THE STORY – A frustrated suburban housewife and her best friend hatch an illegal coupon-club scheme that scams millions from corporations and delivers deals to legions of fellow coupon clippers. Hot on their trail is an unlikely duo — a hapless loss-prevention officer and a determined U.S. postal inspector — both looking to end their criminal enterprise.
THE CAST – Kristen Bell, Kirby Howell-Baptiste, Paul Walter Hauser, Joel McHale, Bebe Rexha & Vince Vaughn
THE TEAM – Aron Gaudet & Gita Pullapilly (Directors/Writers)
THE RUNNING TIME – 110 Minutes
By Ema Sasic
If you want to know what it means to truly save money on cereal, laundry detergent, and other household items, look no further than the show “Extreme Couponing.” When it premiered in 2010 on TLC, viewers were amazed at how savvy shoppers could turn a full cart of groceries worth $200 into just $40. It kind of makes you feel like a chump with your 50 cents off coupon for ice cream. But even though these extreme savers are quite impressive, they can’t compare to the two shopping queens from Aron Gaudet and Gita Pullapilly’s newest movie, “Queenpins.”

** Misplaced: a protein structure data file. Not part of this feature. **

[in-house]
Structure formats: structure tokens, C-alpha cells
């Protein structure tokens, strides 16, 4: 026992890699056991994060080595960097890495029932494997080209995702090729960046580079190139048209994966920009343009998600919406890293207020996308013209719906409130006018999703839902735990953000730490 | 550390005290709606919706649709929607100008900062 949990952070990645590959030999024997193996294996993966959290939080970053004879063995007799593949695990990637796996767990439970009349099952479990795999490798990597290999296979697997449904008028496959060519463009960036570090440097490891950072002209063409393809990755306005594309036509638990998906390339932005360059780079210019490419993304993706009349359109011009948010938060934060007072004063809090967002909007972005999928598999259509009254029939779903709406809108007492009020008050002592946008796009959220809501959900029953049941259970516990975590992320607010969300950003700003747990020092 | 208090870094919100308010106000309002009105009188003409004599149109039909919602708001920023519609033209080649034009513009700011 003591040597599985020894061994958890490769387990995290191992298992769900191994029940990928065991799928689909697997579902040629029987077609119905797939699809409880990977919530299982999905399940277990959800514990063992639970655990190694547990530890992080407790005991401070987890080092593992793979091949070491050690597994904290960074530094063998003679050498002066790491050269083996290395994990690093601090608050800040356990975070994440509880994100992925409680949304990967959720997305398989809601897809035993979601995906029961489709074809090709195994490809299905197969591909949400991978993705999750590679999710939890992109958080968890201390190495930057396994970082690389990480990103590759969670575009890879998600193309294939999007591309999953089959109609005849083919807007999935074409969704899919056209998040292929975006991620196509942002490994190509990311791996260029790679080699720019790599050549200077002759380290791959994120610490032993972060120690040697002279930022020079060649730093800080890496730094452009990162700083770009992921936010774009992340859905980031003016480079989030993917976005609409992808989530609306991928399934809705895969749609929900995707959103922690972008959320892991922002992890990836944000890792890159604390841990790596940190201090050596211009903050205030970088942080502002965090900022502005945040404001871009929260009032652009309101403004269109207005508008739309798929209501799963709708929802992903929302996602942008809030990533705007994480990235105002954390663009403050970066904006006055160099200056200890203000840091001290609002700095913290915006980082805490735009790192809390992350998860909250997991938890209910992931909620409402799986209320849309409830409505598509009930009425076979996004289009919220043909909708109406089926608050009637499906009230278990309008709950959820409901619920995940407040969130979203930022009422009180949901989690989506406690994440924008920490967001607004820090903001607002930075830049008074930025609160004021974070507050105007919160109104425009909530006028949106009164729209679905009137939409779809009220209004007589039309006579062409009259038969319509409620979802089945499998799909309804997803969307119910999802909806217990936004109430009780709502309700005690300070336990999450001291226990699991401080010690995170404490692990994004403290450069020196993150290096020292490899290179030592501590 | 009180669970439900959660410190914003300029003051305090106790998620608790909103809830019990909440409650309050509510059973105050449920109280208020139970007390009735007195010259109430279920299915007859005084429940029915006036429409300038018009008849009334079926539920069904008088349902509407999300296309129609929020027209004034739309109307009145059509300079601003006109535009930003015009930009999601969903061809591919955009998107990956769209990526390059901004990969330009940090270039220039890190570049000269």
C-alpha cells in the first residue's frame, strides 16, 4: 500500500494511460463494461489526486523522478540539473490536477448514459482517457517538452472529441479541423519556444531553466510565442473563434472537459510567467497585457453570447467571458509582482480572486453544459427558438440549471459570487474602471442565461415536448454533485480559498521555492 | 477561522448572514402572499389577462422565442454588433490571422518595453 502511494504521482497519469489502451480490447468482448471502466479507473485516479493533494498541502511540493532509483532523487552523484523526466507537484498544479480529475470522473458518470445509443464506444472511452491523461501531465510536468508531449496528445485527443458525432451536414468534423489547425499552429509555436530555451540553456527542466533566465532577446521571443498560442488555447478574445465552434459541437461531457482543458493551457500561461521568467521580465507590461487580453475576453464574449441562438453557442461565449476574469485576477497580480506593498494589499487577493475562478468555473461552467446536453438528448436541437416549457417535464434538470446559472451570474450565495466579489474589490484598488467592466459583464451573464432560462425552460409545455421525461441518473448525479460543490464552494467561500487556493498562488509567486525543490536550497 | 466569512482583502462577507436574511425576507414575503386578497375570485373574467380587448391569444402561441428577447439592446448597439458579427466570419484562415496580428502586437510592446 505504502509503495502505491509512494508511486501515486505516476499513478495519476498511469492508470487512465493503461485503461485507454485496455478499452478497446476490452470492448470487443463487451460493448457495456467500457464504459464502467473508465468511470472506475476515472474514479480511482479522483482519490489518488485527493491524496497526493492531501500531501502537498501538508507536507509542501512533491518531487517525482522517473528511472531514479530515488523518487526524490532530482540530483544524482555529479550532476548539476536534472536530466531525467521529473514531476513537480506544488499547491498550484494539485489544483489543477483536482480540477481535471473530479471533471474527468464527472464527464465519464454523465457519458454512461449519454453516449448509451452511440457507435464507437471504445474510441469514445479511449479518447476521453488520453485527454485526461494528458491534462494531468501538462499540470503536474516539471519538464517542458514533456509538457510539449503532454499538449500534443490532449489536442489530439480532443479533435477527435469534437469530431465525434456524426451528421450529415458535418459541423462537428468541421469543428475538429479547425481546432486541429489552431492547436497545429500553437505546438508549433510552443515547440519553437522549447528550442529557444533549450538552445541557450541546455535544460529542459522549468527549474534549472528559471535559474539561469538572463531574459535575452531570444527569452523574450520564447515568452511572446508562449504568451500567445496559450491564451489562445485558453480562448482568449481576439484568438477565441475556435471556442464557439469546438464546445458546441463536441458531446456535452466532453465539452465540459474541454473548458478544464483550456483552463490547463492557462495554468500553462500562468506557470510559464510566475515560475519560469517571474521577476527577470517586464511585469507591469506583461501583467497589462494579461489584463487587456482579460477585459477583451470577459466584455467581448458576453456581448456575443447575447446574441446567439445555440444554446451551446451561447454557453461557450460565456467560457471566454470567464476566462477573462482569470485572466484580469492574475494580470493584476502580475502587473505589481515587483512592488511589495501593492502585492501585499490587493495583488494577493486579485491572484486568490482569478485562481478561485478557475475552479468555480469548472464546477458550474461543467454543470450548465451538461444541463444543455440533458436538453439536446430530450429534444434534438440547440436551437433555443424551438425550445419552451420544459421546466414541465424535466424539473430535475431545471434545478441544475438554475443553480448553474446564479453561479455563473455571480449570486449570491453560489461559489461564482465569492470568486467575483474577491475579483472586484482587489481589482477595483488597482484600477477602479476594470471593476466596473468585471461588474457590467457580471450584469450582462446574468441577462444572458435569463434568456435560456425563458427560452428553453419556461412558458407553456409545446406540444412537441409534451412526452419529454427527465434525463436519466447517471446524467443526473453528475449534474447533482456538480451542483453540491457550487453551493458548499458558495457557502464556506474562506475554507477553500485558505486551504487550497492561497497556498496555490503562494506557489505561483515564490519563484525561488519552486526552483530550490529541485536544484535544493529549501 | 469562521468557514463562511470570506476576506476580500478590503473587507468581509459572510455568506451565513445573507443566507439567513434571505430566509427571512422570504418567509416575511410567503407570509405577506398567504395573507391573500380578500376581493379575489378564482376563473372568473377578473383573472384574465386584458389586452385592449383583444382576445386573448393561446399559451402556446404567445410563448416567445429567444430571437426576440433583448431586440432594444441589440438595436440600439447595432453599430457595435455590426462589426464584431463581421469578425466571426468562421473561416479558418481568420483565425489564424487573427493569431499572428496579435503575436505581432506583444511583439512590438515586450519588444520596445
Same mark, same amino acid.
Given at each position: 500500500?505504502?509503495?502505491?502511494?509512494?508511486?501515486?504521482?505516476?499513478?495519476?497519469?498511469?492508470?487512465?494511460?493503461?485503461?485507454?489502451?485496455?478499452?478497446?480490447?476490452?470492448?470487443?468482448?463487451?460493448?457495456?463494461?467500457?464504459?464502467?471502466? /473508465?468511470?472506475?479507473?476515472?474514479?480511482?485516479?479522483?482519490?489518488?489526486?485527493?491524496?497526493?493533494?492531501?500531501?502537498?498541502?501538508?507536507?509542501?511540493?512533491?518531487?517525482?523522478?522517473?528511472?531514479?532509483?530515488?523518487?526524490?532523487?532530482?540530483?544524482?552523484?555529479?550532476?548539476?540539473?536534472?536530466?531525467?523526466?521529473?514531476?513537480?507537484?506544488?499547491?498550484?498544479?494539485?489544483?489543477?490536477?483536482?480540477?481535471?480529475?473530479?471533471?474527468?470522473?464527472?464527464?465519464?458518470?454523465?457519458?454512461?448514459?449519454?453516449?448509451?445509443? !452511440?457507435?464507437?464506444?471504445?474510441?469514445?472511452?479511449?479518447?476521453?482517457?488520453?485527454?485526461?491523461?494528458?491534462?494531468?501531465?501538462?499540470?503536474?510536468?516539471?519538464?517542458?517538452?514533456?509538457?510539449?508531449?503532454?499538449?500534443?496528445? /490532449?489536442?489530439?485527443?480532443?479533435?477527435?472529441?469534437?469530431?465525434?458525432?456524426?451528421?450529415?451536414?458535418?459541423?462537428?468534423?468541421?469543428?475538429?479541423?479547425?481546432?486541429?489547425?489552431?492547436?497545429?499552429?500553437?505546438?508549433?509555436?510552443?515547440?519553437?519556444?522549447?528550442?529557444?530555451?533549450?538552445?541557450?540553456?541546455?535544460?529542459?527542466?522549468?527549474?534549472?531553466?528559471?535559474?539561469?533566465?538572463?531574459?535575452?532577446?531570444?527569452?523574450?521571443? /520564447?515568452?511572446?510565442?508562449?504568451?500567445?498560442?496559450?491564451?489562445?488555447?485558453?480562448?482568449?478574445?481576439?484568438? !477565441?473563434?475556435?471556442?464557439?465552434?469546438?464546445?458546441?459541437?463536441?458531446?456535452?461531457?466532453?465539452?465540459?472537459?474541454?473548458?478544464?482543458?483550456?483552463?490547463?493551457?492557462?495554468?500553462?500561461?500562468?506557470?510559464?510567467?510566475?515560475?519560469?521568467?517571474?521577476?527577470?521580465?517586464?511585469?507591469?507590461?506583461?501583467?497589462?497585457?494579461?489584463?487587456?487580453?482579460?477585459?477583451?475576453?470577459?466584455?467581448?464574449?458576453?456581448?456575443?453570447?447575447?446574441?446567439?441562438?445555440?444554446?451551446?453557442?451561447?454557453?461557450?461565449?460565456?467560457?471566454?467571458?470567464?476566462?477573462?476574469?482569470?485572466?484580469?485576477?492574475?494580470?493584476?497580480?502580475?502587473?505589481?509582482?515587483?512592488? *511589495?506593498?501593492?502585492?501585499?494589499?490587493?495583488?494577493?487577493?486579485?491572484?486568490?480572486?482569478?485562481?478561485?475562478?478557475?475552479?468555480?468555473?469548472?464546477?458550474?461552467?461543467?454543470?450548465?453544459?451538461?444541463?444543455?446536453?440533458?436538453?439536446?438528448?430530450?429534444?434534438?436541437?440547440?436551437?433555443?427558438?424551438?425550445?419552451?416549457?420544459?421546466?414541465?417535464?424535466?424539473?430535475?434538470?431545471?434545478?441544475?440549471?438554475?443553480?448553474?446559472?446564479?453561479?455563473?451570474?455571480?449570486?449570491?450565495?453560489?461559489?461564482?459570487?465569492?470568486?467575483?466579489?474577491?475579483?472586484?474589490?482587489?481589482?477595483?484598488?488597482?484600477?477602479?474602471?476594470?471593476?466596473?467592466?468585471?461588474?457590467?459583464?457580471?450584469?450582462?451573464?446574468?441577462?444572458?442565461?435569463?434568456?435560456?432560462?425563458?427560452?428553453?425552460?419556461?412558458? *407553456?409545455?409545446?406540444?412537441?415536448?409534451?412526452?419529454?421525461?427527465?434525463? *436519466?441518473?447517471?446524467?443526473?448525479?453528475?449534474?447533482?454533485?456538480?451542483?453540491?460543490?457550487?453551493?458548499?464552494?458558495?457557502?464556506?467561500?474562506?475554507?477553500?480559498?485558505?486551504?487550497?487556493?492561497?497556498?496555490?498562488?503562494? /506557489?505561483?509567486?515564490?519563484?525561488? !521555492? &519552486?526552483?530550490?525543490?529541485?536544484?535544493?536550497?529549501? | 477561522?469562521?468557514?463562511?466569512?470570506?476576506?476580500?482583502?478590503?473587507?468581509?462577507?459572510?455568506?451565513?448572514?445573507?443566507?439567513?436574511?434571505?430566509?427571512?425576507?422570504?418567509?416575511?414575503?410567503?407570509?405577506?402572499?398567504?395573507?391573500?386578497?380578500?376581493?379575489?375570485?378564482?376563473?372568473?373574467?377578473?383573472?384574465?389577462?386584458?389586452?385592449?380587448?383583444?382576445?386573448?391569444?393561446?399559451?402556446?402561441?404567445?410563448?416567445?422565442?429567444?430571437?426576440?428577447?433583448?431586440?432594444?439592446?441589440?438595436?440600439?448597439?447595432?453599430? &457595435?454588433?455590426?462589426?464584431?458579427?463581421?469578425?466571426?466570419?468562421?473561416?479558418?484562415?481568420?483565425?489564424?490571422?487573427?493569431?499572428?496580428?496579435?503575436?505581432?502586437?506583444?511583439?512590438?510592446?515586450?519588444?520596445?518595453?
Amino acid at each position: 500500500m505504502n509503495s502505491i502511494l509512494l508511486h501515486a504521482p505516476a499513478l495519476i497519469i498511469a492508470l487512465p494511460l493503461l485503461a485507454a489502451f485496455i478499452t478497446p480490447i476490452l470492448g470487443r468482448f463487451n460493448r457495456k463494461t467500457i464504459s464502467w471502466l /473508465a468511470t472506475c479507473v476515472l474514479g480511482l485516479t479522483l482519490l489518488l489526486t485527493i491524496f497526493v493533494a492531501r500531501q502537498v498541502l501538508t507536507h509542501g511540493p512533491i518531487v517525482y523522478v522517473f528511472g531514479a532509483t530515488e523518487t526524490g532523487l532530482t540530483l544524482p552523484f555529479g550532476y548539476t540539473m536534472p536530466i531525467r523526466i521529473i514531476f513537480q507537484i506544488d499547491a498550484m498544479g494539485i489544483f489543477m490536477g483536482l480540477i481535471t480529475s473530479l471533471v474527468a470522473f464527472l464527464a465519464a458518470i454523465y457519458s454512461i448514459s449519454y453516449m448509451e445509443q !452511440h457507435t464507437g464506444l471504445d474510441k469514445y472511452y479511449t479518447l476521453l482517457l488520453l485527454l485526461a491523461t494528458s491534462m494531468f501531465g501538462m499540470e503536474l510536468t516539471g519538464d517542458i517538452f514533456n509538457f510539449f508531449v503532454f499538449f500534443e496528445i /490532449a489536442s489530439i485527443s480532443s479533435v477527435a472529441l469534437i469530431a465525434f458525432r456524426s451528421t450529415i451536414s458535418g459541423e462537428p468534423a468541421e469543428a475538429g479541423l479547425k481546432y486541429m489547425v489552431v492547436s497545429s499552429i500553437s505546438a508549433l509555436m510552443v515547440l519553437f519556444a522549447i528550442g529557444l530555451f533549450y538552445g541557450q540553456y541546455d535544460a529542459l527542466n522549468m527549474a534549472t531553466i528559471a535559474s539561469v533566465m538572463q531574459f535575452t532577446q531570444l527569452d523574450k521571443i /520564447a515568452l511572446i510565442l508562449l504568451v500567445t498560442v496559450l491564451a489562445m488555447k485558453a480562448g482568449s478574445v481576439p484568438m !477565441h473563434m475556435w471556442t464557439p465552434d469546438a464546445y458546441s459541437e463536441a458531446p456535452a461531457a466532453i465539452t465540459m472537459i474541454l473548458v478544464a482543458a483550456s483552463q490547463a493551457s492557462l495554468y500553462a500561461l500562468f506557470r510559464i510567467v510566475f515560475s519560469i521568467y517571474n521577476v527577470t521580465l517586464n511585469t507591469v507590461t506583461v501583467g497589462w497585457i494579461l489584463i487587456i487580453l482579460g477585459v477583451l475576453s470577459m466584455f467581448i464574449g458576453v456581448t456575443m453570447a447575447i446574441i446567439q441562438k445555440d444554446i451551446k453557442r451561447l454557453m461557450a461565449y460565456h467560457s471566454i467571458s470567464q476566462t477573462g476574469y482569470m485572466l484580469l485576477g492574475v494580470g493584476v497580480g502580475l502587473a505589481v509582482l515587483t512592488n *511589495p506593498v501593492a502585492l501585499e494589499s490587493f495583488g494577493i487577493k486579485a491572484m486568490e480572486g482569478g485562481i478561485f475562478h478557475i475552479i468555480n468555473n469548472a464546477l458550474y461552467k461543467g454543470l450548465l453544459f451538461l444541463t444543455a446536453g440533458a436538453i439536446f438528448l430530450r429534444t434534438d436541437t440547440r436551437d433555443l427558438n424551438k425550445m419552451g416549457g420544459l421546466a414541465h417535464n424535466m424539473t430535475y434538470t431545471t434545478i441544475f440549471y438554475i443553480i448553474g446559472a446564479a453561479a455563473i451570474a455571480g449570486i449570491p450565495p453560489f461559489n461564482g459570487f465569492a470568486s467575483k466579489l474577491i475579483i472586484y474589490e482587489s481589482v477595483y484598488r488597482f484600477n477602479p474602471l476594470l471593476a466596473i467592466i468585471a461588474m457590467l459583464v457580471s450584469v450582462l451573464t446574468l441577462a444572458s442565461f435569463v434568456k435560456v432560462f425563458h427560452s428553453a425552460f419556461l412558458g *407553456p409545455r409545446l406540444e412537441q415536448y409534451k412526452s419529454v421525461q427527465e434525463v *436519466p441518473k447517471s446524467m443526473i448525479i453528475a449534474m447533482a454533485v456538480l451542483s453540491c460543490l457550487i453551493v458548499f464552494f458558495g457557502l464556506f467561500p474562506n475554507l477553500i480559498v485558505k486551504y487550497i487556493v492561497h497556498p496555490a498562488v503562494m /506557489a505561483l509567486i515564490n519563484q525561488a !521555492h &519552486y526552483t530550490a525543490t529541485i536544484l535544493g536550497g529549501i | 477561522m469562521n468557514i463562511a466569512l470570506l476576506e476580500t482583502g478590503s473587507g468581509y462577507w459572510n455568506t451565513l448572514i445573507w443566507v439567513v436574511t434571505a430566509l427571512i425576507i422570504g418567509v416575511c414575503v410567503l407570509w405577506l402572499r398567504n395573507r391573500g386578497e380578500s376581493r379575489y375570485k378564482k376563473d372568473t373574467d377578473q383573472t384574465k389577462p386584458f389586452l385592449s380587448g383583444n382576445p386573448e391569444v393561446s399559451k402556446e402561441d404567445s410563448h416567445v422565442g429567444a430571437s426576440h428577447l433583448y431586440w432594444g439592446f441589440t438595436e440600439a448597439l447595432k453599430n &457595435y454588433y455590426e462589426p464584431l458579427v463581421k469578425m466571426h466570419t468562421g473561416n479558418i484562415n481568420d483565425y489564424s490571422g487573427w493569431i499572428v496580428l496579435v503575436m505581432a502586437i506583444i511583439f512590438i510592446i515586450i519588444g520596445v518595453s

Connie Kaminski (Kristen Bell), a former race walking Olympian, has found a new passion in life. A former baby bedroom in her home has been turned into a mecca for her couponing addiction, filled with all sorts of snacks and household cleaning items. And seeing the savings happen in real-time is quite impressive, even though one cashier at the local supermarket isn’t fond of all the coupon scanning. For Connie, whose marriage with her husband Rick (Joel McHale) hasn’t been the same since she miscarried, couponing gives her the thrill in life that she’s been lacking. Her friend JoJo Johnson (Kirby Howell-Baptiste), a YouTube vlogger, also shares the same passion. As a victim of identity theft, which has totally hurt her chances of being financially independent, she’s looking for the next big thing to get her out of her mom’s home. One day, when Connie writes a scathing letter to a conglomerate over stale cereal and receives a freebie coupon, she comes up with the perfect plan to help families in need of some good deals while scamming millions from giant corporations. Along with her partner JoJo, they start an online coupon club and mail all the best deals to their clients — and these coupons come to them through some questionable means. They live it up with the millions they bring in but end up attracting the attention of Ken Miller (Paul Walter Hauser), a loss prevention officer at a supermarket chain victimized by the two women. Ken joins forces with U.S. Postal Inspector Simon Kilmurry (Vince Vaughn), and the unlikely duo attempts to bring down the two queenpins.